Examining conspiracist beliefs about the disappearance of Amelia Earhart.J Gen Psychol 2012 Oct-Dec; 139(4):244-59JG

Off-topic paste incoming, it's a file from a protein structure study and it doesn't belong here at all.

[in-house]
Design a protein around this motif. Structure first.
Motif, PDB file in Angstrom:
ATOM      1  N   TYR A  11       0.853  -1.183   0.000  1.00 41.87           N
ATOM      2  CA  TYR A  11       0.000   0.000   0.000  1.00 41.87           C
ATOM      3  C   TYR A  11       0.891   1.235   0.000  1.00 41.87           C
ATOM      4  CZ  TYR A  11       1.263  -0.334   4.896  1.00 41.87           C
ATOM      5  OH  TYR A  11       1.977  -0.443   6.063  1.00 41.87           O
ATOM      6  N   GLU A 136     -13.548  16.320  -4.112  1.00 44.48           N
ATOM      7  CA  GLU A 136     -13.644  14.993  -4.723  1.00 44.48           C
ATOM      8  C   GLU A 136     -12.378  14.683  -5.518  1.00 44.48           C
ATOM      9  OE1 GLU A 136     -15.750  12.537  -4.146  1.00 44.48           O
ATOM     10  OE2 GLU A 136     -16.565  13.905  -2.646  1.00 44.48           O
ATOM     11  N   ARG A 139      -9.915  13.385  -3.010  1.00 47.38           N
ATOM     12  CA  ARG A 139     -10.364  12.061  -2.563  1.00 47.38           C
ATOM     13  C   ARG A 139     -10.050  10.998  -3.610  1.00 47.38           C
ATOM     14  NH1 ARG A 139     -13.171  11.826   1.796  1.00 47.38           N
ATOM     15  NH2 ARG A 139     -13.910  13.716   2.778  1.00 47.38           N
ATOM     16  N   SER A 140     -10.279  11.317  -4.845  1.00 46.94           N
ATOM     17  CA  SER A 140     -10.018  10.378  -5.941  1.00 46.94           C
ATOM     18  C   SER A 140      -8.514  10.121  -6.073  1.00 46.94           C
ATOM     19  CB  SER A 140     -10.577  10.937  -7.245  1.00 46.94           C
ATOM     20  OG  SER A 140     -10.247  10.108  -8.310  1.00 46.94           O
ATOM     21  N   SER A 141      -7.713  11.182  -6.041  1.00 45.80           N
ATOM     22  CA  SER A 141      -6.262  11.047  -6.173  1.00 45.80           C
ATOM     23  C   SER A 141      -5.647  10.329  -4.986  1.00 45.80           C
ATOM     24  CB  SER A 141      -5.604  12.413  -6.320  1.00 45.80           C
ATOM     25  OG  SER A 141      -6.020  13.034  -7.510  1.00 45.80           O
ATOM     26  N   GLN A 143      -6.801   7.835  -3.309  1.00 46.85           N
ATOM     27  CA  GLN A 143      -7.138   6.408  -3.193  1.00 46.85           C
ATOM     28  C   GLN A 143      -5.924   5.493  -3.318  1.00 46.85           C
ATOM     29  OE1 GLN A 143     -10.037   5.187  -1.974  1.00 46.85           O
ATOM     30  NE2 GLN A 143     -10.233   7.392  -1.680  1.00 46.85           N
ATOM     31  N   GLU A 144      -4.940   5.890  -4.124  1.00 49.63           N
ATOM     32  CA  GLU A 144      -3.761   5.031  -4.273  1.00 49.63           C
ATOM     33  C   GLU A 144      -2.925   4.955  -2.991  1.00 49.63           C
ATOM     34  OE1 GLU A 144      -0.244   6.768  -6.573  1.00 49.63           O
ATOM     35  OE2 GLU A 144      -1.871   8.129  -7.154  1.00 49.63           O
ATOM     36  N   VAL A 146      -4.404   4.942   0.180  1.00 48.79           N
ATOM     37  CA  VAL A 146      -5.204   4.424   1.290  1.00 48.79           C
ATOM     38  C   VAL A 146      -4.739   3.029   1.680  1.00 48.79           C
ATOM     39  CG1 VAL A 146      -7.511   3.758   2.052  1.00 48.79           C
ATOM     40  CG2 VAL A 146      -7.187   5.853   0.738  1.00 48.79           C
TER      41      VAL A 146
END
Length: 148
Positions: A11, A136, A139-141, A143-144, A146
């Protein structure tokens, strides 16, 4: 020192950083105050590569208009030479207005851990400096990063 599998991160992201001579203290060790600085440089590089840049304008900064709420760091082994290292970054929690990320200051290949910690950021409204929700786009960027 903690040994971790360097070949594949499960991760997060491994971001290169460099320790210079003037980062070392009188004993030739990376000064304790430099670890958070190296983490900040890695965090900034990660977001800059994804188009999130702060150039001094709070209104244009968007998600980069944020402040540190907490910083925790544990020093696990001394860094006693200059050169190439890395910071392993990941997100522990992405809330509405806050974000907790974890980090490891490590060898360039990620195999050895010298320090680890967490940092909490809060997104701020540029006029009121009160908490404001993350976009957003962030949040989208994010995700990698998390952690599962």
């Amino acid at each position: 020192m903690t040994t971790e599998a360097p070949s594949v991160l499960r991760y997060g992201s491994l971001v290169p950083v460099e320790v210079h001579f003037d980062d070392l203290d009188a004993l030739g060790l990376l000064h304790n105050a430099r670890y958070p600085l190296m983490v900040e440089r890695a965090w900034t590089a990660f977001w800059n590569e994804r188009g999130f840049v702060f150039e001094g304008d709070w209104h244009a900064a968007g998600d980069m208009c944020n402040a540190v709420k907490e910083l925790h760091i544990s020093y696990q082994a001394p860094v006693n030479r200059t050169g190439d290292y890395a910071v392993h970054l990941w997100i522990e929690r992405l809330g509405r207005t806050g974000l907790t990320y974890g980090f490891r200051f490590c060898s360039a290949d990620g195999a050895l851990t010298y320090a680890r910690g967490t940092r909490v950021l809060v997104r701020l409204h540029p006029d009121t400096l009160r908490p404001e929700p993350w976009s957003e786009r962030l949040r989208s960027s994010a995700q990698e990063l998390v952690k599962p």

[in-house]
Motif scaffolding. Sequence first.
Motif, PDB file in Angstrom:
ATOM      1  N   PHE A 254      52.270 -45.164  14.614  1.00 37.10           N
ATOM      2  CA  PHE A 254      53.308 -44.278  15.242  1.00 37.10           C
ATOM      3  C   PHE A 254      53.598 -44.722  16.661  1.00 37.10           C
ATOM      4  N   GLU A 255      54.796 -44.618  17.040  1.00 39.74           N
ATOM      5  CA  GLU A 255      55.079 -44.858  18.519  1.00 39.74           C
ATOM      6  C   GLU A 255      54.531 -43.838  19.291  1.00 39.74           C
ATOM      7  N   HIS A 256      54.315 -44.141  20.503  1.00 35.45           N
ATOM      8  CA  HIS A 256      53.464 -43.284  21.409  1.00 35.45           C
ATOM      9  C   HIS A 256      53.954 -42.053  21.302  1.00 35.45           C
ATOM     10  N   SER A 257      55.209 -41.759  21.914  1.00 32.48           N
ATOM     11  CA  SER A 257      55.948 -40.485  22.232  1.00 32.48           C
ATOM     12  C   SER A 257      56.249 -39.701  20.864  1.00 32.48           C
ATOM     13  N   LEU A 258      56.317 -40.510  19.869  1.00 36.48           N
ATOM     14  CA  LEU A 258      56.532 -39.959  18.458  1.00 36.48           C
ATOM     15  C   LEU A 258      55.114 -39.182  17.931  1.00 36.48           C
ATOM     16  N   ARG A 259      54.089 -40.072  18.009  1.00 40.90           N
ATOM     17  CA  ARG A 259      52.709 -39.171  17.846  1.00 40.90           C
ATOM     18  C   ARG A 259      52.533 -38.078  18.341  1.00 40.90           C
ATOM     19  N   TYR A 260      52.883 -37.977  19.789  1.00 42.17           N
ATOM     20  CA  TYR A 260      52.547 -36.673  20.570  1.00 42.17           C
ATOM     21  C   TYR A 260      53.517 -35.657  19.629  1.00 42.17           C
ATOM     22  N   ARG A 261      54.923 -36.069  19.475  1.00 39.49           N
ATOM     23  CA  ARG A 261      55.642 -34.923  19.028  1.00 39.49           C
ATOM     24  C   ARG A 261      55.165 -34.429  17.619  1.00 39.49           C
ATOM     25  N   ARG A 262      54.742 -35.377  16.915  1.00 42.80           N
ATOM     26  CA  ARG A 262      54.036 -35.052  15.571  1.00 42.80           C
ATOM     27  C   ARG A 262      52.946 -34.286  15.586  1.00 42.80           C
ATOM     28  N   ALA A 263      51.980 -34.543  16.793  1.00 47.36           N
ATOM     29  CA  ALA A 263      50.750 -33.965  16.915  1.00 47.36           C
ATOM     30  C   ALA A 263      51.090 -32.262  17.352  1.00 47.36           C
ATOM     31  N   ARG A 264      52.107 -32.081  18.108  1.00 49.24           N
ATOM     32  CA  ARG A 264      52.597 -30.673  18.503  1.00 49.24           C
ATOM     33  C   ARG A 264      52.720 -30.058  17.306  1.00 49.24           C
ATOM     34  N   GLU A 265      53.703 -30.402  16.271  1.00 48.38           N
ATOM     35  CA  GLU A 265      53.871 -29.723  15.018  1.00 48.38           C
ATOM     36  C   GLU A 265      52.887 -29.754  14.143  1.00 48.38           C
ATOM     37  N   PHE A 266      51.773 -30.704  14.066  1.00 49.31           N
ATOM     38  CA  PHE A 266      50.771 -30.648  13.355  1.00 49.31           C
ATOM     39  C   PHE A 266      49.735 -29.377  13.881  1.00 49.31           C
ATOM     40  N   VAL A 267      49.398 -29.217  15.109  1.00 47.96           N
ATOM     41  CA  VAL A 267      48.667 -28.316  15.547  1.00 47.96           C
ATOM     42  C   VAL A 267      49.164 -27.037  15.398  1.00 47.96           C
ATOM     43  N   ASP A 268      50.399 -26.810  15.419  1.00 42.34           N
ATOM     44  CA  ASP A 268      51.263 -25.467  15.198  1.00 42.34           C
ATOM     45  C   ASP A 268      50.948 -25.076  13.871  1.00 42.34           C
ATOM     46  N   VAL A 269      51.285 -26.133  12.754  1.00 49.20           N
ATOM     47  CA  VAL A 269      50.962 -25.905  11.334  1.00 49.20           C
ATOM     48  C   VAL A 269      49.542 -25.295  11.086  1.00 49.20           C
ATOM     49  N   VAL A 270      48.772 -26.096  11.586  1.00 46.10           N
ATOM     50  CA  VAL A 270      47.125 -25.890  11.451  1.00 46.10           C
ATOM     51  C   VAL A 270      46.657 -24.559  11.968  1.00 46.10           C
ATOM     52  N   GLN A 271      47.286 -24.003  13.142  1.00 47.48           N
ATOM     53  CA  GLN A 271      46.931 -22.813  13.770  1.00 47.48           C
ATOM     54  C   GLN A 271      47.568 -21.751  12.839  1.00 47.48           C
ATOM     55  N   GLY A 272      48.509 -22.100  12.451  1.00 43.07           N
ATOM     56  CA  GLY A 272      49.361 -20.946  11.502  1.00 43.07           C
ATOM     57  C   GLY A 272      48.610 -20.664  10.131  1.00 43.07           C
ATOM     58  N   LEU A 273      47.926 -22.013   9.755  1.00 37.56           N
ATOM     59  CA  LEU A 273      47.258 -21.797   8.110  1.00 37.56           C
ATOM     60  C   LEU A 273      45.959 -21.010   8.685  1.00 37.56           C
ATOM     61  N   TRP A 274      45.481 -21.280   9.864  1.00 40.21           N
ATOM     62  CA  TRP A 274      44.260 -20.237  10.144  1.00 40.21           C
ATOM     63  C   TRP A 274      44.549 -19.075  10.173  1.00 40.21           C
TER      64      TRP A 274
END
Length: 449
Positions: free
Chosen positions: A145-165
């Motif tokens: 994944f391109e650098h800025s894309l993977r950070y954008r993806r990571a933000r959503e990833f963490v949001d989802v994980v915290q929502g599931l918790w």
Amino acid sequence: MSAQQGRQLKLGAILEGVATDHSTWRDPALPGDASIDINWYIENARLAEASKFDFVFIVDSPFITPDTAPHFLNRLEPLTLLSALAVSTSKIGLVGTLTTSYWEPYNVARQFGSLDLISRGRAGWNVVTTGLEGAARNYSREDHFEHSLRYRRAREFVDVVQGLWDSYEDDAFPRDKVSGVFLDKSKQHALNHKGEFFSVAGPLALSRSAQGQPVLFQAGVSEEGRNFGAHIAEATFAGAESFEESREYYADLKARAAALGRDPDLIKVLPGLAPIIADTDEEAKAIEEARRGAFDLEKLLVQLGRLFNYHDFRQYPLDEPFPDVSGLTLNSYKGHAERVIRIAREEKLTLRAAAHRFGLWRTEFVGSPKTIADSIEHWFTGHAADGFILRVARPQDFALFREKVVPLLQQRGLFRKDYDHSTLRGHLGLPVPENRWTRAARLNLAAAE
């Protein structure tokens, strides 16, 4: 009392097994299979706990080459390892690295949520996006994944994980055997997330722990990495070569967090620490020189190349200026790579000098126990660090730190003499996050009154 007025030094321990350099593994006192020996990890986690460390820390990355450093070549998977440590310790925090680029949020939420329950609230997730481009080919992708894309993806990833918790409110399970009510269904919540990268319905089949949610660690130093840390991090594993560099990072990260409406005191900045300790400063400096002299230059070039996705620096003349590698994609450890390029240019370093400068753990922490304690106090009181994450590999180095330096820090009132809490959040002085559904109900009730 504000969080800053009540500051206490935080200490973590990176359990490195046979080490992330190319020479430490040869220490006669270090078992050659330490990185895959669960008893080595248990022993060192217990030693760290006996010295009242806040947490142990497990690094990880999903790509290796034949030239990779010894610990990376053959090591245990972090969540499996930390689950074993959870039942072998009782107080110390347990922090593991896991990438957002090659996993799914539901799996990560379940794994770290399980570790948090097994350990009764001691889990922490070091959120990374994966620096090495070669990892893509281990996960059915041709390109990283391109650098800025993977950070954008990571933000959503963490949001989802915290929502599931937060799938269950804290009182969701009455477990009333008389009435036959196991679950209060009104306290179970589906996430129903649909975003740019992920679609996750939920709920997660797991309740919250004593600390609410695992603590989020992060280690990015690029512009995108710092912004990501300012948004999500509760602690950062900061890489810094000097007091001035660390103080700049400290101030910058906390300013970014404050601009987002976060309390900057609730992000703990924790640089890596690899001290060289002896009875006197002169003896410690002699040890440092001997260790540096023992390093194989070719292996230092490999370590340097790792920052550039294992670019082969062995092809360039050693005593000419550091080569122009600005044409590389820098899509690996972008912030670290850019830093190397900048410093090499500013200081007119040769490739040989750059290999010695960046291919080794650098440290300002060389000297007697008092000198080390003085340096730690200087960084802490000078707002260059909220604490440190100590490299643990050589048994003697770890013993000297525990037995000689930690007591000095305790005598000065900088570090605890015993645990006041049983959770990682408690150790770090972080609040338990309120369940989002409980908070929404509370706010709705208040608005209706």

Previous studies have suggested that conspiracist ideation forms part of a monological belief system in which one conspiracist idea acts as evidence for new conspiracist ideas. Here, we examined this possibility in relation to an event lacking reliable or conclusive evidence, namely the disappearance of Amelia Earhart and Fred Noonan. A total of 914 members of the British general public completed scales measuring their beliefs about the disappearance of Earhart and Noonan, belief in conspiracy theories, the Big Five personality factors, support for democratic principles, political cynicism, self-esteem, and self-assessed intelligence. Results showed that belief in conspiracy theories was associated with the endorsement of less plausible explanations for the disappearance of Earhart and Noonan. In addition, belief in less plausible explanations was also significantly associated with lower self-assessed intelligence, greater political cynicism, lower self-esteem, and higher Agreeableness scores. These results are discussed in relation to monological belief systems.